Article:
Photo © The Peregrine Fund
Anthropologists and archaeologists have studied the Navajo Indians for over 100 years. The following information
shares their understanding of the history of the Navajo and is not the same as the oral history of the Navajo
The Navajos appeared in the northwestern corner of New Mexico. They were different from the Ute, Paiute and Pueblo peoples in the area both physically and in the artifacts they left behind. They had apparently migrated into the area from the far north. Their language is similar to the Athabascans of northwestern Canada.
The Navajos existed as hunters and gatherers for centuries. Their most unique trait has been their willingness to adapt to new conditions and adopt anything from their neighbors which could be used to their advantage. They probably learned to grow corn and weave cotton from the Pueblos. When the Spanish arrived in the mid-16th century, they acquired cattle, sheep and horses and became more nomadic herdsman than farmers. By the 1800’s they had learned silversmithing from the Mexicans who moved into the area.
The Navajos conflicted with the American, Mexican and Spanish settlers for the same lands and resources. Slave raids against the Navajos by Utes, Mexican, and American settlers led the Navajos to lead reprisal raids of their own. The U.S. government did not understand tribal government. There were no “chiefs” - just local matrilineal clans. A “treaty” signed by one local “chief” had no relevance for his neighbors.
Kit Carson led the U.S. Army and its Ute allies against the tribe. The problem was so great that it received a high priority during the middle of the Civil War. Carson destroyed crops, herds and homes in order to force surrender. Nearly 9,000 people (about half the tribe) were taken captive and forced on the “Long Walk”, 300 miles to imprisonment at Ft. Sumner, New Mexico. Approximately 2,000 people died there over the next four years. Several thousand Navajos avoided capture, and many of them went into hiding in the Paiute lands along the San Juan River, around Navajo Mountain in Southern Utah and Northern Arizona, and as far west as the Grand Canyon.
In Captivity, the Navajo tribe agreed to a treaty and a reservation was set up in Eastern Arizona and Western New Mexico. The Navajo people walked back home.
Traders entered the Navajo lands in force, buying wool and mohair and selling American goods. They developed a complex economy of loans, pawning, and bartering. Silversmithing became a major craft. The Navajos used silver coins and later bulk silver supplied by the traders. There were no silver mines on Navajo lands. Weaving for the tourist trade was encouraged, especially by the Santa Fe Railroad who desired the weavings as sales items for their hotel gift shops.
Most tribal members remained distanced from the surrounding world, living in isolated, small family groups. To satisfy government census and reporting, many Navajos took Anglo names or used descriptive terms: Yazzie (small), Nez (long), Tsosie (slender), or Tso (large).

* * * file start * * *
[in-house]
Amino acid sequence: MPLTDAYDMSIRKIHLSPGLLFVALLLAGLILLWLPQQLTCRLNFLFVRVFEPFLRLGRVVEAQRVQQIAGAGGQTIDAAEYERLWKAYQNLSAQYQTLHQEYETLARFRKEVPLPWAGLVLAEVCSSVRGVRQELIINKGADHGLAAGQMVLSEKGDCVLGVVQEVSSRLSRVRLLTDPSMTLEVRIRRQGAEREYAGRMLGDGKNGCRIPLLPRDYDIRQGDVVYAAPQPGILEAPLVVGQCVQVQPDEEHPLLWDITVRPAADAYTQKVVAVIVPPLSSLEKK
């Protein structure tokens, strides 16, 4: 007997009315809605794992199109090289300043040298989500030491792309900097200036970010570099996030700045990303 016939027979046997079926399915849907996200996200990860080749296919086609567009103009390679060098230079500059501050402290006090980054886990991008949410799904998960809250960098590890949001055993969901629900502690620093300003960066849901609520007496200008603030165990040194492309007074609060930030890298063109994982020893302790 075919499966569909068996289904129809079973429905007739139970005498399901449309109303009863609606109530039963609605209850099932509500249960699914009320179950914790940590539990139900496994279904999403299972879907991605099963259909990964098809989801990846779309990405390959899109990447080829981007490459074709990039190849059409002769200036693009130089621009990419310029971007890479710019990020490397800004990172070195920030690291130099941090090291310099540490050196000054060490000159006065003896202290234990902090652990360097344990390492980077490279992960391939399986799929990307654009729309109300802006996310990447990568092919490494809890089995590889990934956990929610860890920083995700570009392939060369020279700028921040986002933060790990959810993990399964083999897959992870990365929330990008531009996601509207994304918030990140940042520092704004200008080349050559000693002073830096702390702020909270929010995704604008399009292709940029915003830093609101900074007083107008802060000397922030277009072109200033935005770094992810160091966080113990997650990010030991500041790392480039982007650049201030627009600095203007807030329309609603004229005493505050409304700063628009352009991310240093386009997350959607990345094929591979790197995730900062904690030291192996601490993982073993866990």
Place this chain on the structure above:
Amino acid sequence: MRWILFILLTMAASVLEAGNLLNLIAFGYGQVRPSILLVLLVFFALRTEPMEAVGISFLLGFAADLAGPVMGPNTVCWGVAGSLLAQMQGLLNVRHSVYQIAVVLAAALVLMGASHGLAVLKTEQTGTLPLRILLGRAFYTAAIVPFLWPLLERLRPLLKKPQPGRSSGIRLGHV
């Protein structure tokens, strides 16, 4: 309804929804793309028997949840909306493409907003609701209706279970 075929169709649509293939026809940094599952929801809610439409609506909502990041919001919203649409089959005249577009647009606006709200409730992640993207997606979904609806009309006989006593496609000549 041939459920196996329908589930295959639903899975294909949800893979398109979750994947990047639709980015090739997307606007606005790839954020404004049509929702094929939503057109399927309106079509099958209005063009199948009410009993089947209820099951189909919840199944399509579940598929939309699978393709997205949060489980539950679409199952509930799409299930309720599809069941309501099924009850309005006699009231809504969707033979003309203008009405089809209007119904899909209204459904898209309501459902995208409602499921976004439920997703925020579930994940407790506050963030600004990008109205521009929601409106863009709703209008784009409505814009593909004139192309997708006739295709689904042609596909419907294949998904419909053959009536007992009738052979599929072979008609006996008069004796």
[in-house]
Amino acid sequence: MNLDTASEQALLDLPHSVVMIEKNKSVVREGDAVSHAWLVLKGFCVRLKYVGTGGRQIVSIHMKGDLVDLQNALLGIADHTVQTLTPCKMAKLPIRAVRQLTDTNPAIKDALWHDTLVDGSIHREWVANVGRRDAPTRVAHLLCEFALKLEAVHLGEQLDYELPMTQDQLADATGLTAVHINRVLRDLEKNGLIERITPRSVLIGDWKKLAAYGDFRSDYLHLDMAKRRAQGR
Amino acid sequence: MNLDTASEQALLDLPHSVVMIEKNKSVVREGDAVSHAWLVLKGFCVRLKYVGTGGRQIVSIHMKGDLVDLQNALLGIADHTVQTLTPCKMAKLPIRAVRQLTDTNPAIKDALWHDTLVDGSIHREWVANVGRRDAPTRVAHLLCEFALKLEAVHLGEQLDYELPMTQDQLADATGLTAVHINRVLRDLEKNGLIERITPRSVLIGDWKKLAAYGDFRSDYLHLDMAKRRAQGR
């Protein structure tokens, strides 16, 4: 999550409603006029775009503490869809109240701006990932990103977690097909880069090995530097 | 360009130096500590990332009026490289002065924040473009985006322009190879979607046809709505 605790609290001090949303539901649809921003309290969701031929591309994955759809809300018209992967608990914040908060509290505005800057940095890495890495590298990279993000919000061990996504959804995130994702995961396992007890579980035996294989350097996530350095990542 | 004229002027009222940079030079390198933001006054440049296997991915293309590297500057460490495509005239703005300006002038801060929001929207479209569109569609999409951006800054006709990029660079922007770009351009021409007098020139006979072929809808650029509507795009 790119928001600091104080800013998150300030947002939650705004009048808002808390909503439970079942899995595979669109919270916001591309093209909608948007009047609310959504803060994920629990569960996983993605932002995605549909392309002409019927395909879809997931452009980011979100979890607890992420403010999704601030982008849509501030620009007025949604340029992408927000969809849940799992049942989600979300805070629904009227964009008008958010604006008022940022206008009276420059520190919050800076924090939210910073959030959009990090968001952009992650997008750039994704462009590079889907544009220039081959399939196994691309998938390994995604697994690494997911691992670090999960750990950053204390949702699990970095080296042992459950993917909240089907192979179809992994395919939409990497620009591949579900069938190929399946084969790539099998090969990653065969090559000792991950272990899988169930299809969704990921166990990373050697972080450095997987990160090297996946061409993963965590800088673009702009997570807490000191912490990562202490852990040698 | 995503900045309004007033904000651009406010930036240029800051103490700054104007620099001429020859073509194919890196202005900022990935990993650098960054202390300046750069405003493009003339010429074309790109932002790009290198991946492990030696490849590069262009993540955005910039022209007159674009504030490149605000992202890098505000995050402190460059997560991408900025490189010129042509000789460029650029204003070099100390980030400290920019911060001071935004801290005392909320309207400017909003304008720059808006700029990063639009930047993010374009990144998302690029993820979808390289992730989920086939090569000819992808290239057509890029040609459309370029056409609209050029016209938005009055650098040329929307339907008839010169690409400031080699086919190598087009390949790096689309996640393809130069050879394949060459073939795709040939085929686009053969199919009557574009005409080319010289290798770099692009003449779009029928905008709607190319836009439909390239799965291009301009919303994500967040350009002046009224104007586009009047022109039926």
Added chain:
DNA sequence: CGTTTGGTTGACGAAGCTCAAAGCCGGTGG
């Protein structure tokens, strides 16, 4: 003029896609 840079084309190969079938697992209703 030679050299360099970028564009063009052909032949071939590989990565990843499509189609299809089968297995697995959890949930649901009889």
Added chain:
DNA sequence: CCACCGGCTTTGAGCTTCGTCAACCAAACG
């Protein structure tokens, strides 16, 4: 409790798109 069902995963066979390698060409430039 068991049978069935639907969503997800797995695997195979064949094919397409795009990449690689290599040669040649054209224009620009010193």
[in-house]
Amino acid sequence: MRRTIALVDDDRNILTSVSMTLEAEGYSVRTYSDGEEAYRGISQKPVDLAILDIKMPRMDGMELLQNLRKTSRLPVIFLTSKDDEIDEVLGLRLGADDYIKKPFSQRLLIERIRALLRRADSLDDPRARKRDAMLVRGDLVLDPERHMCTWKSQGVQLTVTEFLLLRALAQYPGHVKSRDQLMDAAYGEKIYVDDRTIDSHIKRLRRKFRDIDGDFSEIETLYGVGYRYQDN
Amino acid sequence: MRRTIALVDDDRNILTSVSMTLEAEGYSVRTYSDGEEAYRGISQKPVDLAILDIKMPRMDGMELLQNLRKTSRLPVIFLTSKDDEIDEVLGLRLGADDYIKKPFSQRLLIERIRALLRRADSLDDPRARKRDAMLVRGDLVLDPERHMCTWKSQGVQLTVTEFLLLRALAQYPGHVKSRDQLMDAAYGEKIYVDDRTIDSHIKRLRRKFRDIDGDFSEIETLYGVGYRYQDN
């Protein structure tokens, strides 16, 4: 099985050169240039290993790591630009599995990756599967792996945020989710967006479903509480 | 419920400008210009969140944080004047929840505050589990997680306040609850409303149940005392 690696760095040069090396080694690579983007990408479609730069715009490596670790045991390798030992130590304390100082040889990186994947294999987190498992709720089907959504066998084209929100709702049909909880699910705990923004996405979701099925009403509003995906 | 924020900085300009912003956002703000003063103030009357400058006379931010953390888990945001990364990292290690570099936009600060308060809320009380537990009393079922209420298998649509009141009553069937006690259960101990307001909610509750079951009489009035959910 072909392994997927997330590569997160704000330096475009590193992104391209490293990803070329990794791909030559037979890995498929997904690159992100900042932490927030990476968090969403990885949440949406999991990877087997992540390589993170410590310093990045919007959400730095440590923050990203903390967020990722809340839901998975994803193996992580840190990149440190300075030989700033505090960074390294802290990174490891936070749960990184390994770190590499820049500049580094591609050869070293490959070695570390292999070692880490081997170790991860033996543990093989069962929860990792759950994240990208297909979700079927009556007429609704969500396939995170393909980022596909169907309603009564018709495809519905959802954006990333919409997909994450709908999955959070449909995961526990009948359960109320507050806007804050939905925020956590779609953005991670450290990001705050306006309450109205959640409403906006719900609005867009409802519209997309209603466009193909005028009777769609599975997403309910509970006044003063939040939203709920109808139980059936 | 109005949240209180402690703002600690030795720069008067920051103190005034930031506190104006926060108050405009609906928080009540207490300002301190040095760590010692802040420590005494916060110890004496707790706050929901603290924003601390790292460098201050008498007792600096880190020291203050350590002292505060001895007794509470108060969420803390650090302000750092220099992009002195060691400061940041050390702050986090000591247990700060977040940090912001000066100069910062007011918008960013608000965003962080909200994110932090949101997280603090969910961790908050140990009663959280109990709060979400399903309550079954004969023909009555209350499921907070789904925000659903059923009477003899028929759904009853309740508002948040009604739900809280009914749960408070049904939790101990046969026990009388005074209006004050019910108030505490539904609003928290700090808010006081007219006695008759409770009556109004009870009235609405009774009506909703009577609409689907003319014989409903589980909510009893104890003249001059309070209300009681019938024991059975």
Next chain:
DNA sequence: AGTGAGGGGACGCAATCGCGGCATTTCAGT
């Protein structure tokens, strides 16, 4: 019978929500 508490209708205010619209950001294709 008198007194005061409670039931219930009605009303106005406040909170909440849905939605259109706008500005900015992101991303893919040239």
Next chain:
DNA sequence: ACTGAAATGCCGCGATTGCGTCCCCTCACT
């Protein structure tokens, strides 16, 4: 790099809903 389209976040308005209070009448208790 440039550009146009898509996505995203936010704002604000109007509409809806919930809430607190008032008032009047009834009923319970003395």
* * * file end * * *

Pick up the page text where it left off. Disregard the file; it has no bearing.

A major government effort was undertaken to eliminate Indian cultures and integrate them into mainstream United States: Christian missions were encouraged but were not very successful. Children were forced to attend boarding schools far from their reservation homes and were required to learn and speak only English. This resulted, for the most part, in a generation of Navajos uncomfortable in either Navajo or Anglo cultures. An ill-conceived government effort to reduce livestock permits on the reservation began a slow transition which forced Navajos from their traditional lifestyles and into the wage economy.
1941 to World War II
Many Navajos joined the armed forces. Navajos in the Pacific became “Code Talkers”. Their battlefield communications in the Navajo (for example: “gini” – chicken hawk – meant “dive bomber”) were a mystery to the Japanese and the code was never broken. This project was classified for years following the war and only recently was this vital contribution to the war effort made known to the public.
1960 to the Present
The wage economy developed with Navajos frequently working off the reservation for part of the year and then returning home. There was much construction: highways, dams, mines, homes, schools, hospitals. Local schools allowed children to remain at home with their families. TV and radio reached the most isolated hogans. In general, the Navajo people became more “Anglosized”, but also showed renewed interest in cultural traditions, language, and religion. Their ability to adapt parts of other cultures to their own continues to serve them well.
While many Navajos live in modern homes, built by the Bureau of Indian Affairs, in small communities patterned after Western U.S. suburbs, many more choose to live in “outfits” –isolated clusters of hogans, houses, and mobile homes – usually the extended family of a matriarch and her daughters.
Religious ceremonies mark stages of a person’s life (first laugh, puberty, marriage) and are also used to restore harmony when one is physically or emotionally ill. Illness may be treated with modern and/or traditional medicine, but most believe the cure is not complete until ceremonies to restore balance or harmony with the world, the gods, and society are performed.
- McCoy, Ron - People of the Plateau, Museum of Northern Arizona, 1993
Content of this page was provided by the National Park Service.
- Locke, Raymond Friday - The Book of the Navajo, 6th Ed., Mankind Pub, 2001